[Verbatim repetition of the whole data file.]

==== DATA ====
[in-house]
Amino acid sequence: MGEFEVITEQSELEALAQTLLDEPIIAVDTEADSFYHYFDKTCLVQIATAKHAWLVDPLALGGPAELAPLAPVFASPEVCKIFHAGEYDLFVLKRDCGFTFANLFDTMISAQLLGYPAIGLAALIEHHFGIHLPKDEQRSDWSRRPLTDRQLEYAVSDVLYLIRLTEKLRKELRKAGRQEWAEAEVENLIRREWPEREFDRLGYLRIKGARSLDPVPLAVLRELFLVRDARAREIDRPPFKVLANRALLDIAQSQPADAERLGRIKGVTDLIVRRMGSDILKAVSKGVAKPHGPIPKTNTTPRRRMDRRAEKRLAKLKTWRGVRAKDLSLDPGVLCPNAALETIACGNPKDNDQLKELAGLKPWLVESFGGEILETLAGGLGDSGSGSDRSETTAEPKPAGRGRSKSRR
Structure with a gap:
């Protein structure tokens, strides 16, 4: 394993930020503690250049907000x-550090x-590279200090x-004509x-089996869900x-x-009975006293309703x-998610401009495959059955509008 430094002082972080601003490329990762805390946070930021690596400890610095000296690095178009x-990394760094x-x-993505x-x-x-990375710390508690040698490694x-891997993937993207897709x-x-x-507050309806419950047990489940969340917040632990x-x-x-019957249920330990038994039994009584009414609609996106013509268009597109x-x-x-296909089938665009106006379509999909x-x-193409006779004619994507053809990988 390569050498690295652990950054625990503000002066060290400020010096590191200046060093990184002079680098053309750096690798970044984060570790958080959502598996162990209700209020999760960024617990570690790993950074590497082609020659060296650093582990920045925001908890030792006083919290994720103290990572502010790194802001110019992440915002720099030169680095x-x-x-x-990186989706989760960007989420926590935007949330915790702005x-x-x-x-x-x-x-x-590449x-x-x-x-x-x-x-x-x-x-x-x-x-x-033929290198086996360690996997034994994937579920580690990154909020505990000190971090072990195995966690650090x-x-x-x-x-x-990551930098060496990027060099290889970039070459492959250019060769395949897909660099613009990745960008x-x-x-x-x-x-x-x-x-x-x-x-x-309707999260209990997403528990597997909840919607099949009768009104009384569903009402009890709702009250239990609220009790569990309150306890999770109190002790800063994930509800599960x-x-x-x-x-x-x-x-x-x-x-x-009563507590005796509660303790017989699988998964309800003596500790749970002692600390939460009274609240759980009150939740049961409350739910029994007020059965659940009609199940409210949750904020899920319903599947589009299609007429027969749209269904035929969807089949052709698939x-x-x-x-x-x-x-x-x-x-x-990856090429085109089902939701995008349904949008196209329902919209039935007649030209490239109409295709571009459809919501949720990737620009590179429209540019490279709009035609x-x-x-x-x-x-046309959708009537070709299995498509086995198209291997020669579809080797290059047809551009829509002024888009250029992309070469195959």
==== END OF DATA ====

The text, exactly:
[in-house]
Amino acid sequence: MGEFEVITEQSELEALAQTLLDEPIIAVDTEADSFYHYFDKTCLVQIATAKHAWLVDPLALGGPAELAPLAPVFASPEVCKIFHAGEYDLFVLKRDCGFTFANLFDTMISAQLLGYPAIGLAALIEHHFGIHLPKDEQRSDWSRRPLTDRQLEYAVSDVLYLIRLTEKLRKELRKAGRQEWAEAEVENLIRREWPEREFDRLGYLRIKGARSLDPVPLAVLRELFLVRDARAREIDRPPFKVLANRALLDIAQSQPADAERLGRIKGVTDLIVRRMGSDILKAVSKGVAKPHGPIPKTNTTPRRRMDRRAEKRLAKLKTWRGVRAKDLSLDPGVLCPNAALETIACGNPKDNDQLKELAGLKPWLVESFGGEILETLAGGLGDSGSGSDRSETTAEPKPAGRGRSKSRR
Structure with a gap:
């Protein structure tokens, strides 16, 4: 394993930020503690250049907000x-550090x-590279200090x-004509x-089996869900x-x-009975006293309703x-998610401009495959059955509008 430094002082972080601003490329990762805390946070930021690596400890610095000296690095178009x-990394760094x-x-993505x-x-x-990375710390508690040698490694x-891997993937993207897709x-x-x-507050309806419950047990489940969340917040632990x-x-x-019957249920330990038994039994009584009414609609996106013509268009597109x-x-x-296909089938665009106006379509999909x-x-193409006779004619994507053809990988 390569050498690295652990950054625990503000002066060290400020010096590191200046060093990184002079680098053309750096690798970044984060570790958080959502598996162990209700209020999760960024617990570690790993950074590497082609020659060296650093582990920045925001908890030792006083919290994720103290990572502010790194802001110019992440915002720099030169680095x-x-x-x-990186989706989760960007989420926590935007949330915790702005x-x-x-x-x-x-x-x-590449x-x-x-x-x-x-x-x-x-x-x-x-x-x-033929290198086996360690996997034994994937579920580690990154909020505990000190971090072990195995966690650090x-x-x-x-x-x-990551930098060496990027060099290889970039070459492959250019060769395949897909660099613009990745960008x-x-x-x-x-x-x-x-x-x-x-x-x-309707999260209990997403528990597997909840919607099949009768009104009384569903009402009890709702009250239990609220009790569990309150306890999770109190002790800063994930509800599960x-x-x-x-x-x-x-x-x-x-x-x-009563507590005796509660303790017989699988998964309800003596500790749970002692600390939460009274609240759980009150939740049961409350739910029994007020059965659940009609199940409210949750904020899920319903599947589009299609007429027969749209269904035929969807089949052709698939x-x-x-x-x-x-x-x-x-x-x-990856090429085109089902939701995008349904949008196209329902919209039935007649030209490239109409295709571009459809919501949720990737620009590179429209540019490279709009035609x-x-x-x-x-x-046309959708009537070709299995498509086995198209291997020669579809080797290059047809551009829509002024888009250029992309070469195959």